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Mars Planet

October 24, 2001 | Associated Press
NASA's 2001 Mars Odyssey spacecraft appeared to successfully enter orbit late Tuesday around the Red Planet, where the space agency suffered back-to-back failures on its previous two tries. Engineers and scientists at NASA's Jet Propulsion Laboratory in Pasadena received preliminary indication shortly before 8 p.m. that a programmed engine firing had slowed the spacecraft and allowed Mars to capture it into an egg-shaped orbit. Mission control at the lab erupted in cheers. "It's great.
August 13, 2005 | Thomas H. Maugh II, Times Staff Writer
A school-bus sized spacecraft carrying the largest telescope ever installed in a planetary probe blasted off early Friday morning from the Cape Canaveral Air Force Station in Florida, beginning a seven-month journey to the Red Planet.
August 12, 2005 | From Associated Press
NASA postponed the liftoff of a spacecraft to Mars on Thursday after a glitch popped up in the computer software used for monitoring the fueling of the launch rocket. The problem with sensors and software that measure the amount of fuel being loaded into the rocket appeared minutes before liftoff. NASA rescheduled the launch for today, three days after the shuttle Discovery returned to Earth.
June 4, 2005 | From Times Staff and Wire Reports
NASA is moving ahead with plans to put a long-armed lander on Mars to probe its icy north pole and search for possible signs of life, the space agency said Thursday. The $386-million Phoenix Mars is scheduled to touch down in May 2008. The stationary probe will use its robotic arm to dig into the icy terrain and scoop up soil samples to analyze.
April 9, 2005 | From Times Staff and Wire Reports
NASA has approved up to 18 more months of operations by the twin rovers that have discovered evidence of a watery past on Mars. The extension covers operations until September 2006, NASA said Tuesday. Both of the solar-powered, six-wheel robot geologists landed on the Red Planet in January 2004 and have completed their three-month prime missions and 11 months of mission extensions. The space agency did not announce the cost of the mission extension.
December 24, 2005 | From Times Staff and Wire Reports
Two new studies are challenging the notion that the desolate Martian plains once brimmed with salty pools of water that could have supported some form of life. The studies, published in the current issue of the journal Nature, argue that layered rock outcrops probed by NASA's Opportunity rover appear to have formed from volcanic ash that reacted with small traces of acidic water and sulfur dioxide gas, said geochemist Thomas McCollom of the University of Colorado at Boulder.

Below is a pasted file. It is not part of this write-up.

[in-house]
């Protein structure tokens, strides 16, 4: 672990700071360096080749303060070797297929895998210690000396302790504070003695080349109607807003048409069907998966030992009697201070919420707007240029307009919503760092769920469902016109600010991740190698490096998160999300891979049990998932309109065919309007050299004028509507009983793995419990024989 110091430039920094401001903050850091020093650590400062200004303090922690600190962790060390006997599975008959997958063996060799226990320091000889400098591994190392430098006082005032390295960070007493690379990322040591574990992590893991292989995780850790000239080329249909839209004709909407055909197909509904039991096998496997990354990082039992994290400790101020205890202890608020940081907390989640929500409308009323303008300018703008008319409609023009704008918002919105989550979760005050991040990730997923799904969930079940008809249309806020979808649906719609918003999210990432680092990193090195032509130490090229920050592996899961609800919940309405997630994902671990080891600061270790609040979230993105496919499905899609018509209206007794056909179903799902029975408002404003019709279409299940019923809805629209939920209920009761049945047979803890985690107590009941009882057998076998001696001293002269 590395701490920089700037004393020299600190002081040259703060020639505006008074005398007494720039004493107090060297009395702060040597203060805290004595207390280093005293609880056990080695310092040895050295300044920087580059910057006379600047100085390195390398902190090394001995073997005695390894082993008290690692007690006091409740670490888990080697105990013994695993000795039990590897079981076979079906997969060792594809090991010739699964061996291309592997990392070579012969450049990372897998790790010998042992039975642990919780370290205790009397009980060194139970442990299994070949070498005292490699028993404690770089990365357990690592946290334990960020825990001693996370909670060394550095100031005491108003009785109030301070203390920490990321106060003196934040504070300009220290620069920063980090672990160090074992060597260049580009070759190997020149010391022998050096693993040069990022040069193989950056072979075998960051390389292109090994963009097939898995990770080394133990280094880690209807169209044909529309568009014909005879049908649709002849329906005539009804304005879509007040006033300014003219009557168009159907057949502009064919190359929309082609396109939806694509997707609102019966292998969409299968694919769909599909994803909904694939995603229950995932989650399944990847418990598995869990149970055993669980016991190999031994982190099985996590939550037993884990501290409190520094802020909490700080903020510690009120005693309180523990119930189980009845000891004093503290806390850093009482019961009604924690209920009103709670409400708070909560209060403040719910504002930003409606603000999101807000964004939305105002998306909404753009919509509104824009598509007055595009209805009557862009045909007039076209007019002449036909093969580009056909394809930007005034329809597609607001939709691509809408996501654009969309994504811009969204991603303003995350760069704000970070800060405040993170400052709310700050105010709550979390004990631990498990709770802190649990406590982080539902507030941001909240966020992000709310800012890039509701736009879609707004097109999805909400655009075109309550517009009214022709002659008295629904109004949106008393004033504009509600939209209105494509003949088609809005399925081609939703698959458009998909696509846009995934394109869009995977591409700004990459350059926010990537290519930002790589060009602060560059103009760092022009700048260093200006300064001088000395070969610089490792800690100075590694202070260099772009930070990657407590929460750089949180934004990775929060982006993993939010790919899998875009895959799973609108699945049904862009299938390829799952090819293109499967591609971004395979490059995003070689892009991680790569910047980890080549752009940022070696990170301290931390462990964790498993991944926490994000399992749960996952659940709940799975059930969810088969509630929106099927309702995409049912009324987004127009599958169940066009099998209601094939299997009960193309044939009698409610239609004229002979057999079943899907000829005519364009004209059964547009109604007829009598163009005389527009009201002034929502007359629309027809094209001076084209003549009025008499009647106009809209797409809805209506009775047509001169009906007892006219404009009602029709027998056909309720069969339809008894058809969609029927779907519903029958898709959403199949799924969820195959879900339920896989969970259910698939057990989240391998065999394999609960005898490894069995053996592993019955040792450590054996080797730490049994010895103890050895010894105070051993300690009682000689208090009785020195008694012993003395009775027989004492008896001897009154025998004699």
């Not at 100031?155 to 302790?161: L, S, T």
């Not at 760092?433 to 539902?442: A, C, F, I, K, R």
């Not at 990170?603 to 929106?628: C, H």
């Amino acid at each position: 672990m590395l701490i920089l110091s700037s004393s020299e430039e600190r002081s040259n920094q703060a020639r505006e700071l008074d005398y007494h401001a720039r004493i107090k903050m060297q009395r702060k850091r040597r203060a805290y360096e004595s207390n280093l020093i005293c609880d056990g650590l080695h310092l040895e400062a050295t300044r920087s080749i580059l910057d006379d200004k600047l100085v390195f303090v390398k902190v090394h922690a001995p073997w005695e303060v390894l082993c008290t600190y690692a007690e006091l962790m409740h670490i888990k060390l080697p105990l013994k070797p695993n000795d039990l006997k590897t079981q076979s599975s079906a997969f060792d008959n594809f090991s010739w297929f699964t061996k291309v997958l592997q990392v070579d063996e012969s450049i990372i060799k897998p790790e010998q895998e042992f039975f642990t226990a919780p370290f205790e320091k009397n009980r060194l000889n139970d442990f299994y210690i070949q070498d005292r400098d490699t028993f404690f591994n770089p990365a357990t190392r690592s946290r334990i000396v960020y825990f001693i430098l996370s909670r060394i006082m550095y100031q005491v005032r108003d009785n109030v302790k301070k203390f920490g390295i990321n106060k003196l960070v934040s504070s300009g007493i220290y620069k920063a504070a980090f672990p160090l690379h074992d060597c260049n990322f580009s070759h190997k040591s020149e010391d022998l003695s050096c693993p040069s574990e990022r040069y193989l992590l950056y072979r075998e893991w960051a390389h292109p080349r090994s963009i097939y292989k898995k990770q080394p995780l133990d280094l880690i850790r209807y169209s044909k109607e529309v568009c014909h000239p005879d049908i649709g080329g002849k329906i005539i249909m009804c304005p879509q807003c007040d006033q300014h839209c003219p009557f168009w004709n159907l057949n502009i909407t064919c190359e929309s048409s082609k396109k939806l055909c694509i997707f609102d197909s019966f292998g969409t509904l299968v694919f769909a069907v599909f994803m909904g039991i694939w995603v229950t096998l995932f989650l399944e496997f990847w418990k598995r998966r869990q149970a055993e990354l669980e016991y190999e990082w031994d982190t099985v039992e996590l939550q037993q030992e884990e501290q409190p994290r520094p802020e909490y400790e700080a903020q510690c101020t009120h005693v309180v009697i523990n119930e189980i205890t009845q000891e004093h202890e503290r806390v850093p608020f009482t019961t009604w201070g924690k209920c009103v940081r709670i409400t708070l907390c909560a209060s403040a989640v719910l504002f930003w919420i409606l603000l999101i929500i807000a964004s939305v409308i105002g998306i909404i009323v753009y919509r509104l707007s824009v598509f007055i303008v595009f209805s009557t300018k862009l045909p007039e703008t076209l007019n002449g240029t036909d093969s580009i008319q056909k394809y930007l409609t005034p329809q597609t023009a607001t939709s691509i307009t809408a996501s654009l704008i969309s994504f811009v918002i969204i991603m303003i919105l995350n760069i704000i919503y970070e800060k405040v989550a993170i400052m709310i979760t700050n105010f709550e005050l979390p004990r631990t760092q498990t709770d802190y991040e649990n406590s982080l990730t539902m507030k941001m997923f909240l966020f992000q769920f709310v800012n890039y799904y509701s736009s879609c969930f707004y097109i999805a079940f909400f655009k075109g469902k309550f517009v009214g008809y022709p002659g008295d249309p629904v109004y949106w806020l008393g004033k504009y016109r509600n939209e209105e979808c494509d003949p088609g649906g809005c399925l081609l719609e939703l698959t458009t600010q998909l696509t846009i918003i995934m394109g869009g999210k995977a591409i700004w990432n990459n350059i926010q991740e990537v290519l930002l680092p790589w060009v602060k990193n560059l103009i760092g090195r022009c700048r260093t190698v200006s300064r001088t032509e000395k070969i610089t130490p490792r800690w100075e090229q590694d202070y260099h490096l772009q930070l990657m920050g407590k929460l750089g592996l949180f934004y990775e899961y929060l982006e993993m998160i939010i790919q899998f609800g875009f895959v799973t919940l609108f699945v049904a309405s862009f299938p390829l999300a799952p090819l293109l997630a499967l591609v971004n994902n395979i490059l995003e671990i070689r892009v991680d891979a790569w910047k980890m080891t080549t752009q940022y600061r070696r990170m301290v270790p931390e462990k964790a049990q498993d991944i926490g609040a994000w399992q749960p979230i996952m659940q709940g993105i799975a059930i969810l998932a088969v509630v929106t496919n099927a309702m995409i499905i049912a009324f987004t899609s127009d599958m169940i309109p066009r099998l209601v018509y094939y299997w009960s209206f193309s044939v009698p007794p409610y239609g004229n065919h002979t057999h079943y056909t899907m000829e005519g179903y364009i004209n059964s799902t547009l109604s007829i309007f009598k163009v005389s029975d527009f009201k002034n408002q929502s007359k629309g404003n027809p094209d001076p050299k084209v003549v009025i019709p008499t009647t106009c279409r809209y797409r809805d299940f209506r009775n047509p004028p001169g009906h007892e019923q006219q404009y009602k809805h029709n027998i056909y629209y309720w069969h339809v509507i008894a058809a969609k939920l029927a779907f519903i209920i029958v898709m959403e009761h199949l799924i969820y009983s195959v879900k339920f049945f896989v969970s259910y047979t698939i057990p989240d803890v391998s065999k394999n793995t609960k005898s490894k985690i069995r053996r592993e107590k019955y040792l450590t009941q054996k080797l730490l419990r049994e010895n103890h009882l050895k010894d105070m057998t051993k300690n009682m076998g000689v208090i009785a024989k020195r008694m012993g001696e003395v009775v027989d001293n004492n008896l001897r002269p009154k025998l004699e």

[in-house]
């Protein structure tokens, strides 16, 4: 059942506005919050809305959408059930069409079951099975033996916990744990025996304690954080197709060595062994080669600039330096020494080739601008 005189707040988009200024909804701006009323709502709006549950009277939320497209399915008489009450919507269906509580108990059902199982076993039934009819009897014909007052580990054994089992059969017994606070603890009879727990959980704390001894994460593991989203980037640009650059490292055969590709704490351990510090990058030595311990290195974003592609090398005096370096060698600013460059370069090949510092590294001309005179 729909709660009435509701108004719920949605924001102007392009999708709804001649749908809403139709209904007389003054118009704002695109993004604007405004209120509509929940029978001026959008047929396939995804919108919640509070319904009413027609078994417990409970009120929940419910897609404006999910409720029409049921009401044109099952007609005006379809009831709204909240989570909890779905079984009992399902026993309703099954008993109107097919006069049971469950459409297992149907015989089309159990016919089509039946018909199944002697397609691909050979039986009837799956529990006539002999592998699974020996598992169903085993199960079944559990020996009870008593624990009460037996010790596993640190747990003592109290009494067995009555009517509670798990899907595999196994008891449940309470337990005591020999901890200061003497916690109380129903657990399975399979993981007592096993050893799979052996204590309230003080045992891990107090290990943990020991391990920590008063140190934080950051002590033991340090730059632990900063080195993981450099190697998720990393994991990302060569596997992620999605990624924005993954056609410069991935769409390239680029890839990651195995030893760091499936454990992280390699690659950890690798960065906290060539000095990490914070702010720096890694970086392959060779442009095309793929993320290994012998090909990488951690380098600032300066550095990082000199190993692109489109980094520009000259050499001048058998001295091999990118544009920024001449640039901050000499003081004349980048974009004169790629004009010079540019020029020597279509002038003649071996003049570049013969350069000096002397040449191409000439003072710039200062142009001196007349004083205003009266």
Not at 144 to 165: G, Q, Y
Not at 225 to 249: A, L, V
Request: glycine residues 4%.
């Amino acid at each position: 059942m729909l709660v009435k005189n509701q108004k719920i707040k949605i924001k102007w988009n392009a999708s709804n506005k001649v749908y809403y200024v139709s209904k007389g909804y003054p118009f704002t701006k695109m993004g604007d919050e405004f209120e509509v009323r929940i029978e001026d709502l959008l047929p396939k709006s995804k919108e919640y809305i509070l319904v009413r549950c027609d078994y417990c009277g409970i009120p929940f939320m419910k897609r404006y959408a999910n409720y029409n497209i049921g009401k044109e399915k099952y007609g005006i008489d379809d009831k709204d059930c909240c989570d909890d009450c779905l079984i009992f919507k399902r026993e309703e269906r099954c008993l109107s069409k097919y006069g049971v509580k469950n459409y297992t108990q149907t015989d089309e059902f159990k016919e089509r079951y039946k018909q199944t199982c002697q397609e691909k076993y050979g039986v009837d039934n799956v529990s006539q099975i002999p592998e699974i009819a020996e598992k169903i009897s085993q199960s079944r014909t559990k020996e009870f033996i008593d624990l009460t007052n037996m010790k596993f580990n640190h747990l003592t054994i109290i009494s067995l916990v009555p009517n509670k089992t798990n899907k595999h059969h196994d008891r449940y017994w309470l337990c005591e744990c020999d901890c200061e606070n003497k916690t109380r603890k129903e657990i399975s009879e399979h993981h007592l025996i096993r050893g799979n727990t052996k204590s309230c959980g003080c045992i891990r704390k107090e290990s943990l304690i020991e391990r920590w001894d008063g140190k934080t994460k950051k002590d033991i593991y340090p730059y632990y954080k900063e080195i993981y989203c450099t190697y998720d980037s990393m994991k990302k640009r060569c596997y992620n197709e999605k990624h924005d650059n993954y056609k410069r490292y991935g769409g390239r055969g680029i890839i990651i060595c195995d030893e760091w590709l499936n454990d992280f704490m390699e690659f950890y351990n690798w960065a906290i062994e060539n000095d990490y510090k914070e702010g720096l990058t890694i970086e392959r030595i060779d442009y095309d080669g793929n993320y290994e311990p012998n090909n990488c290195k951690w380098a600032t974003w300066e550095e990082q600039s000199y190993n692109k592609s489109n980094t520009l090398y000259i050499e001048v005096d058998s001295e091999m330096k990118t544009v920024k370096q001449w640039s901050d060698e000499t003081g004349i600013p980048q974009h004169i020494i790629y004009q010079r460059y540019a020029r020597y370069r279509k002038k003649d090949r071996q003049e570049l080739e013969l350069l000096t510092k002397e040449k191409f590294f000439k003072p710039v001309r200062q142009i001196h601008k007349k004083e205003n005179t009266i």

December 1, 2005 | John Johnson Jr., Times Staff Writer
Using sophisticated radar aboard the European Mars Express spacecraft, scientists have for the first time peered into the heart of Mars, uncovering ancient geological structures and reservoirs of ice more than a mile beneath the arid surface. "We're looking at the third dimension on Mars, something no other mission has done before," Agustin Chicarro, project scientist for the European Space Agency, said during a news conference Wednesday from the agency's Paris headquarters.
May 28, 2005 | From Times Staff and Wire Reports
The Mars rover Spirit has discovered several layers of rocks in a hilly region of the Red Planet that suggest a wet and violent history in the planet's early life, scientists said Tuesday. The six-wheeled robot has been examining rocks from three outcrops in the Gusev Crater region that show possible successive deposits of water-altered debris from explosive events.
December 7, 2002 | Usha Lee McFarling, Times Staff Writer
A new study is throwing cold water on the idea that Mars was once a warm, wet planet. Because Mars' surface is carved by major river channels and covered by huge lake or ocean shores, many scientists have long believed that the Red Planet was once warmer and wetter, and basked in Earth-like conditions that could have allowed the evolution of life.
June 30, 2007 | From Times Staff and Wire Reports
The Mars rover Opportunity is preparing to descend into the huge Victoria Crater, a trek from which it may not be able to return. The descent will allow the rover to examine the composition and texture of exposed materials in the crater's depths for clues about ancient, wet environments. But if a wheel fails, the craft will not be able to climb back out.
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